Gift of Life Michigan Blog
Fathers and daughters often share a unique bond, but for Ralph and Kristen Mutrynowski, that connection is even stronger.
Jud Lynch knew he would need two things: a haircut and a kidney transplant. The 68-year-old Grand Rapids man just didn’t expect to get them both from the same person.
He was diagnosed with IGA nephropathy in his 20s, an autoimmune disease in which antibodies build up in the kidneys and cause scarring. It has no cure.
Two decades ago, Mark Otto would’ve been happy to gain just one more year of life. Then 34, his liver was failing and he was plagued by chronically itchy skin. He was jaundiced and extremely fatigued, sometimes sleeping 16 hours a day.
“It was about as bad as it could get in the end,” said Otto. “My surgeon told me I probably had a couple weeks to go.”
Rick Springfield and a mountain top: Milford woman donates kidney to sister-in-law, with a few friendly caveats
Candice Desjarlais remembers the exact moment she decided to donate a kidney to her sister-in-law, Thelma.
Thelma had just finished a five-and-a-half hour dialysis treatment, with Candice sitting with her to keep her company. Candice said she was moved by the overall somber atmosphere in the clinic and the varying ages of the patients there. The decision was so spontaneous, Candice said she even surprised herself.
Nancy Banks was just finishing up a dialysis treatment when her phone started to ring.
She didn’t recognize the number and was going to ignore it because the clinic had a strict no-calls policy. A staff member had a feeling about the 800-number, however, and advised her to answer. When she did, she received some of the best news of her life: a donor had generously gifted a kidney and it was a good match for her.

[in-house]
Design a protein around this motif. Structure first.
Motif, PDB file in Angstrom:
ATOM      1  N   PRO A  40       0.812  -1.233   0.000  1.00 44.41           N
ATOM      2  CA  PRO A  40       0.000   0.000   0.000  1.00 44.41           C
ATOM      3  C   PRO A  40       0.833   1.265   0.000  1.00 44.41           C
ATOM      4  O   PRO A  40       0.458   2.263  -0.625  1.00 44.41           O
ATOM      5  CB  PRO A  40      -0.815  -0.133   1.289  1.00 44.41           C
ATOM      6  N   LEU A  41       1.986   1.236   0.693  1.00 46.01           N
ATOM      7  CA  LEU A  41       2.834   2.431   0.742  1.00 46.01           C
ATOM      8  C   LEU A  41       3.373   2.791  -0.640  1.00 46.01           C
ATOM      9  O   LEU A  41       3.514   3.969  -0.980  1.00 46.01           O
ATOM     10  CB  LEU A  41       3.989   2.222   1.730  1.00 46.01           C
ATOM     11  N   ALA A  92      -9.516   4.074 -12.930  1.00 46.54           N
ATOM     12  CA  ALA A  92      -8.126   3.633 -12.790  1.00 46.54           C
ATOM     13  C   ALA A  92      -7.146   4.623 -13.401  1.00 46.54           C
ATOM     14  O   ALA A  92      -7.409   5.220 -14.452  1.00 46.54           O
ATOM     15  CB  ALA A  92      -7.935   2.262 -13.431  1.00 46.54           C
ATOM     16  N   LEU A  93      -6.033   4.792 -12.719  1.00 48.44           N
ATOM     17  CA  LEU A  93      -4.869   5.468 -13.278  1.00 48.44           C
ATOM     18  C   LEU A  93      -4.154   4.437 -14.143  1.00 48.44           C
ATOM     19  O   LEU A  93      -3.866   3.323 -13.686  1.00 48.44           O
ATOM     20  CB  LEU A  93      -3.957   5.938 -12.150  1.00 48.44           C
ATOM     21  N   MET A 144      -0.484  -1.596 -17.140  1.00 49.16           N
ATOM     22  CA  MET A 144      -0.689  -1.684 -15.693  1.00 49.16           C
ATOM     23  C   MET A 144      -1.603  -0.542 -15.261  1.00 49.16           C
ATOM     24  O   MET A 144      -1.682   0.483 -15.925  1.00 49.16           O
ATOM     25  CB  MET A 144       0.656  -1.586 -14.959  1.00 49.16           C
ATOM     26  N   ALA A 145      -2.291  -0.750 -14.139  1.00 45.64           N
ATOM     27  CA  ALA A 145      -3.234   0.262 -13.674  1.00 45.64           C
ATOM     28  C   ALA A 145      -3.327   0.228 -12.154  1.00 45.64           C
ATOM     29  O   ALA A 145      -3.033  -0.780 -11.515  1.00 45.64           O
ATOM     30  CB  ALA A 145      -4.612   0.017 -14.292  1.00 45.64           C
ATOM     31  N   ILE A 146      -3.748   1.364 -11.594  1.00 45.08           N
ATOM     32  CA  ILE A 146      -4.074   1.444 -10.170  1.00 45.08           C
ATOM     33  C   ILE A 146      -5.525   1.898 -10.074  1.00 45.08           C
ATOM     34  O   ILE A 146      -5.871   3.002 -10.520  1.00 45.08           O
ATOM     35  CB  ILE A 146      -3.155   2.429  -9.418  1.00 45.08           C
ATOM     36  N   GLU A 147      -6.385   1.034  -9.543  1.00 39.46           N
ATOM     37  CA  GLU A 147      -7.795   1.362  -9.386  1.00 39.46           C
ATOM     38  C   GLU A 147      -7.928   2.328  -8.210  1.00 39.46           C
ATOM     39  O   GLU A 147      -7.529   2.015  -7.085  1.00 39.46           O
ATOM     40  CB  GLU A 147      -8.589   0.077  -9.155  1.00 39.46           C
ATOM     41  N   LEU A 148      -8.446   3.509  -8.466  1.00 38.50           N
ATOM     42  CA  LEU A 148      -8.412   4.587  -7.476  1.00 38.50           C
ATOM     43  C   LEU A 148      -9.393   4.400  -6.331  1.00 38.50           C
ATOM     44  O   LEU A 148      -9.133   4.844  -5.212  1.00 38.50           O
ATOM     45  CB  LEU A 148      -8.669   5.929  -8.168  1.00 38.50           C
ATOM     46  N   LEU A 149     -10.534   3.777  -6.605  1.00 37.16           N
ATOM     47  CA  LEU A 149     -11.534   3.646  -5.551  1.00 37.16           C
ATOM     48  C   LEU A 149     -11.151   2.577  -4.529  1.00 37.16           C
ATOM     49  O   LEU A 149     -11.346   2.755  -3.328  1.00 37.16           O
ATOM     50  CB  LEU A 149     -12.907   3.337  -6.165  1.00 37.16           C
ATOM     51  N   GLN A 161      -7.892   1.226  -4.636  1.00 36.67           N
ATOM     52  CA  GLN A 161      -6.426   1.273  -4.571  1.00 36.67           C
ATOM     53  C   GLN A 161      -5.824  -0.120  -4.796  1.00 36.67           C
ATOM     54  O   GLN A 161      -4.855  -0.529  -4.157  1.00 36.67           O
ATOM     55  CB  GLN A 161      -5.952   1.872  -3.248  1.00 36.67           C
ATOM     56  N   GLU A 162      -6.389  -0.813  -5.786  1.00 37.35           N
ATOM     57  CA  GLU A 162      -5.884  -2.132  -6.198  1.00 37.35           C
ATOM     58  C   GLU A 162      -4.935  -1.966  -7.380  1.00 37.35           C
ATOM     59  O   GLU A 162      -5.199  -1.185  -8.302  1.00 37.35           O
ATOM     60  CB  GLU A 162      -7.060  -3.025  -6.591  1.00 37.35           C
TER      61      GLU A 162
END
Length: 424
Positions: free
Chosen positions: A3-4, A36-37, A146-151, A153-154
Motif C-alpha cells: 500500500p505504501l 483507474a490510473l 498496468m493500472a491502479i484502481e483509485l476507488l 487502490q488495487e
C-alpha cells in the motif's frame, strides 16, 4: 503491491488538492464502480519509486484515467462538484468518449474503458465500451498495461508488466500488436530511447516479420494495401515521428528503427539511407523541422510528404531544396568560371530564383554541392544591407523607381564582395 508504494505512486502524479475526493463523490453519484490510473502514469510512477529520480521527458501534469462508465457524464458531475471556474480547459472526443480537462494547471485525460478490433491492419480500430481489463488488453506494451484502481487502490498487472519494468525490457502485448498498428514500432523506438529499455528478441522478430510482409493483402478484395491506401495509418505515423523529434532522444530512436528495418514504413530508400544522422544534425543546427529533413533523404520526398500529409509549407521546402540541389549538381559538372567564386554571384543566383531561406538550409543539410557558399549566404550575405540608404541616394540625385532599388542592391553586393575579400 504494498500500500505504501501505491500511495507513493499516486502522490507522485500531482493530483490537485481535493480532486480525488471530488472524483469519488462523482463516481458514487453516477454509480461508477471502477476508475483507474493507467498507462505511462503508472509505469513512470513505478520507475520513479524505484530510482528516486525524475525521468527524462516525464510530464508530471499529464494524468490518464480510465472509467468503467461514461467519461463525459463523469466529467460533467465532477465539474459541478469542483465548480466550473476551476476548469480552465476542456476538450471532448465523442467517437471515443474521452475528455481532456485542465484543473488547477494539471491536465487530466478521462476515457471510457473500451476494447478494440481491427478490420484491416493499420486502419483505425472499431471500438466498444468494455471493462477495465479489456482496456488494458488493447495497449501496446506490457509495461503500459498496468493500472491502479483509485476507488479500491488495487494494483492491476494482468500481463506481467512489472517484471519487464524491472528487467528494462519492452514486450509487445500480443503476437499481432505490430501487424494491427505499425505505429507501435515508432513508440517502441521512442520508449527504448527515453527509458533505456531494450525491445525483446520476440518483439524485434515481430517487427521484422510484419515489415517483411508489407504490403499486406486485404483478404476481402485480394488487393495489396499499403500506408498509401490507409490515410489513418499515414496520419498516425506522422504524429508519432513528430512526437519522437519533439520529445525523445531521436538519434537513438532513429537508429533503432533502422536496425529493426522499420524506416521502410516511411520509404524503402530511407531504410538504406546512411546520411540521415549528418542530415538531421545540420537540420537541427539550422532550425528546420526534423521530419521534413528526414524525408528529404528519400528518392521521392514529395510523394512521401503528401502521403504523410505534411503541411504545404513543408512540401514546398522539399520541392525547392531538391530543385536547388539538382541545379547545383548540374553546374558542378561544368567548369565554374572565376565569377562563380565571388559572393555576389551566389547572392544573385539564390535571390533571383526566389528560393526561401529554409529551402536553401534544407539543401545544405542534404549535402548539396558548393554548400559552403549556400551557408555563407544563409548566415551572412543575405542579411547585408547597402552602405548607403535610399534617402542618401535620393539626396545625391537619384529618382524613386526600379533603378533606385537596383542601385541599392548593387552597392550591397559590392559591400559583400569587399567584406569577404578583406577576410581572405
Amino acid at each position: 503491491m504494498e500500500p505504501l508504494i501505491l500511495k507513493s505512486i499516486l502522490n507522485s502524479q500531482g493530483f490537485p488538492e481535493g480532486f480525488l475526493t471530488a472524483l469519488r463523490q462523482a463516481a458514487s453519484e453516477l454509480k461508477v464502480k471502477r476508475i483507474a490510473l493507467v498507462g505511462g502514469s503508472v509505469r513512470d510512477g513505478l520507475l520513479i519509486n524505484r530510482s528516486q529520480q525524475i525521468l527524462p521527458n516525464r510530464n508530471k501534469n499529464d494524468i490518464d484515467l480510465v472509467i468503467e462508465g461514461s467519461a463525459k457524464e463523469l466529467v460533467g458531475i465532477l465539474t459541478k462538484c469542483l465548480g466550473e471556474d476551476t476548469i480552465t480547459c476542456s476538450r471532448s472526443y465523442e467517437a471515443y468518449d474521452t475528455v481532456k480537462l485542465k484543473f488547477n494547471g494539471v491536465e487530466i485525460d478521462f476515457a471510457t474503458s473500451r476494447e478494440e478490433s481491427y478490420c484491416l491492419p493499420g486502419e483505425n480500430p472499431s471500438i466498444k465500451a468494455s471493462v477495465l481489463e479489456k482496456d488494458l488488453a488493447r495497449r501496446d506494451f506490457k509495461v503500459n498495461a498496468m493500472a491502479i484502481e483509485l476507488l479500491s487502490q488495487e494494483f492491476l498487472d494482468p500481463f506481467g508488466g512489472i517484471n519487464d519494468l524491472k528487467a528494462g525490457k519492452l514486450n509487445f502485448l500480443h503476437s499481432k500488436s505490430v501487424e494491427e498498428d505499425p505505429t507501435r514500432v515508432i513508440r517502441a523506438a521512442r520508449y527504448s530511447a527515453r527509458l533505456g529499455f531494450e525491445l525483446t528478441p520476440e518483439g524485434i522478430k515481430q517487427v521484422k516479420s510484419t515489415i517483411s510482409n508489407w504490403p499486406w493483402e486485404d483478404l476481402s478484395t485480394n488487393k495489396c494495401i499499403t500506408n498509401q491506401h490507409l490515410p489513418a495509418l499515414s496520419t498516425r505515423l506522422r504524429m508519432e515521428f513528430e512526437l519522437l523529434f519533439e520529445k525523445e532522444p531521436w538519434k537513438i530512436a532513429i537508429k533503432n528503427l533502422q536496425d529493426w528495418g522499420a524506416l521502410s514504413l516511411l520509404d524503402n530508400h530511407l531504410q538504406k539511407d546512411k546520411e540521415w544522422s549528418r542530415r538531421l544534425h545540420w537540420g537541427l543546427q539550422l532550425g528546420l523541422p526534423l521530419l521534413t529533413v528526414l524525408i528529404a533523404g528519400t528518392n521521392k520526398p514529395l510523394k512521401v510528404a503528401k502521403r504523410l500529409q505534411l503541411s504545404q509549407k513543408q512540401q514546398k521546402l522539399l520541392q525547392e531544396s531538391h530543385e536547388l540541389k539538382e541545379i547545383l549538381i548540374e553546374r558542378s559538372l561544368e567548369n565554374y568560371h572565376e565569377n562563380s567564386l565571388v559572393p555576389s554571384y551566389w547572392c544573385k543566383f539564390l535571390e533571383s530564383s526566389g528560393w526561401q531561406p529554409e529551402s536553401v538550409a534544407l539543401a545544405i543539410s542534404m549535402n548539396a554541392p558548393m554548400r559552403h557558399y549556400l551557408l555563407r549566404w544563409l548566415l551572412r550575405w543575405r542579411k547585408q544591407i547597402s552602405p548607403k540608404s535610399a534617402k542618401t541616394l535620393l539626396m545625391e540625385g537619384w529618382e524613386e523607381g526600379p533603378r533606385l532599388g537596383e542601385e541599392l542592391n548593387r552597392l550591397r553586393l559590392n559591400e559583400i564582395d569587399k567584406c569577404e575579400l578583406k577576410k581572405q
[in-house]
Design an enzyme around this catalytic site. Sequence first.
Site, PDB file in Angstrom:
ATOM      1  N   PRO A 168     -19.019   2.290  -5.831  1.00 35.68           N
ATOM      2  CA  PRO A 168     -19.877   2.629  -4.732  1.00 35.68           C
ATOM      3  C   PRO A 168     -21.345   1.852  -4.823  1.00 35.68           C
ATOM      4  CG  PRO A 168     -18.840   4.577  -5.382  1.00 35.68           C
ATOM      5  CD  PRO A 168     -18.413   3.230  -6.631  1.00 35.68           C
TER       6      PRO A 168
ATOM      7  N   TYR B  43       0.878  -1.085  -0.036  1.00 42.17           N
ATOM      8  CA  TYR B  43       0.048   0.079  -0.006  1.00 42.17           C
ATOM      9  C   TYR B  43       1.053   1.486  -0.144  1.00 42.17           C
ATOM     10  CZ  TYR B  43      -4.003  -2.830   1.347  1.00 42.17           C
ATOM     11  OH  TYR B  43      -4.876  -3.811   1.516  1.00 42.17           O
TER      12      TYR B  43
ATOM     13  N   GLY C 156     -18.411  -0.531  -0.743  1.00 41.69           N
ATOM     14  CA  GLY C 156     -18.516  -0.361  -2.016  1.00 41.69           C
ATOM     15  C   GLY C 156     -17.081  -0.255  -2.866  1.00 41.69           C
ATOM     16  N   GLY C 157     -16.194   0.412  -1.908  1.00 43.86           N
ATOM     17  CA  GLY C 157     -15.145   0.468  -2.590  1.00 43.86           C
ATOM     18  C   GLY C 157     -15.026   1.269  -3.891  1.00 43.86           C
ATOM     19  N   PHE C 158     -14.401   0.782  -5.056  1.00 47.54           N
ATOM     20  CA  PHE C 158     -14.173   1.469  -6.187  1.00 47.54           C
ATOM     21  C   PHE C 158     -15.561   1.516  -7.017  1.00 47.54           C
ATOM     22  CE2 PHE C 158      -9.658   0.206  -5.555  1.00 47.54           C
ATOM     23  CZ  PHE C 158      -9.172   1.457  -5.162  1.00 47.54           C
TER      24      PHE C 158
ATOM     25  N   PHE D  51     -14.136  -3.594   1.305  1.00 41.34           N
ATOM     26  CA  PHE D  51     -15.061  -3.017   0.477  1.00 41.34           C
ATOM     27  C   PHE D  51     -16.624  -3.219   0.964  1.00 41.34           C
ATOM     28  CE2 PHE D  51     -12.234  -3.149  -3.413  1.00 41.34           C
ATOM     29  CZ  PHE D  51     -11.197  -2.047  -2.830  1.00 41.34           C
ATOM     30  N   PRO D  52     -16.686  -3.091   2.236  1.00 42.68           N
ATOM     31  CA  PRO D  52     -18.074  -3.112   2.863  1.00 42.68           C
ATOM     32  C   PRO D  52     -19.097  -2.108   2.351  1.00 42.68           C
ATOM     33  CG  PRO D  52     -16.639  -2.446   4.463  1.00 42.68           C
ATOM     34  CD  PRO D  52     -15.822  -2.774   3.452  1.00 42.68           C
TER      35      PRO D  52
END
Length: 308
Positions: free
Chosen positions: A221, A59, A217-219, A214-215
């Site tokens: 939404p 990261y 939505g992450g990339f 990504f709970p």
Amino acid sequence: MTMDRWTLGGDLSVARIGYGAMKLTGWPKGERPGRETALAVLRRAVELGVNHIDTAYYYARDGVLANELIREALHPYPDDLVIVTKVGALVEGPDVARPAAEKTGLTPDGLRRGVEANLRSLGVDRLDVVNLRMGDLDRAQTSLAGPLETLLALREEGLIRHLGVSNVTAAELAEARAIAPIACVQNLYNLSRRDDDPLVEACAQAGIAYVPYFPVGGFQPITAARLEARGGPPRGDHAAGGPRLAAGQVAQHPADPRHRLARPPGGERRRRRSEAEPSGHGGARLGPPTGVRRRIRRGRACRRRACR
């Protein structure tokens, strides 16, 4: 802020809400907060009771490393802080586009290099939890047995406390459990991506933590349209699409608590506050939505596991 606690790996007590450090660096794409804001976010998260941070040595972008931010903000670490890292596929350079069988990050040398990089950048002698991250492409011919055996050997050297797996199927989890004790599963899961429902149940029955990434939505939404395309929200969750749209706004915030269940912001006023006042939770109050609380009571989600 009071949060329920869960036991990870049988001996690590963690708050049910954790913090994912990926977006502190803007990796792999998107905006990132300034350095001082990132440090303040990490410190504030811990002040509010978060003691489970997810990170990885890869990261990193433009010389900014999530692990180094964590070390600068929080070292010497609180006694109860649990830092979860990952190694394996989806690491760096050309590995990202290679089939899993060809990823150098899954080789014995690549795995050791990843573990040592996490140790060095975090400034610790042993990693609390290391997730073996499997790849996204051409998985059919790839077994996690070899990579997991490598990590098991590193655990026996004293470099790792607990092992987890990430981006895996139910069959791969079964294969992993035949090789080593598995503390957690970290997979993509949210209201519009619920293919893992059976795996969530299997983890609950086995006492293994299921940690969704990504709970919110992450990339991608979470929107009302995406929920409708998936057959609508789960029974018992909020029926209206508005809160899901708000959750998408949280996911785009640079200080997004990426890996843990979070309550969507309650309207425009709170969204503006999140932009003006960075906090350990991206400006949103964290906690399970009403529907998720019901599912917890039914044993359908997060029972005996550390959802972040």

Sarah Ann Scantamburlo has learned to live life to the fullest and make the most of whatever circumstances fate throws her way.
“I feel like so many people wait for tomorrow, what they deem as the perfect opportunity,” said Scantamburlo, a Novi resident. “But how do you know? Once it’s gone, it’s gone. There is no do over.”
Shane Sena was dedicated to his family and friends and enjoyed working on cars.
“He was a big brother and a little brother. He was loved by his siblings. He doted on them,” said his mother, Marie. “He was very protective of them.”
Sometimes, life throws you a curveball.
Mohamed El-Souri knows this better than most people. The 18-year-old Dearborn resident was a healthy, active teen who fell very ill while he was in high school. Doctors initially diagnosed him with pneumonia, but it turned out there was nothing wrong with his lungs – his heart was failing and he needed a new one.
Rebecca Anderson has been able to watch her daughter get married, graduate from Michigan State University and earn a master’s degree. She has traveled to the Mediterranean and celebrated her 30th anniversary with her husband, Rex.
Heather Luchies had long known she would need a kidney transplant. Fortunately, when the time came, a donor was closer than she had anticipated. In fact, she had married him nearly two decades earlier.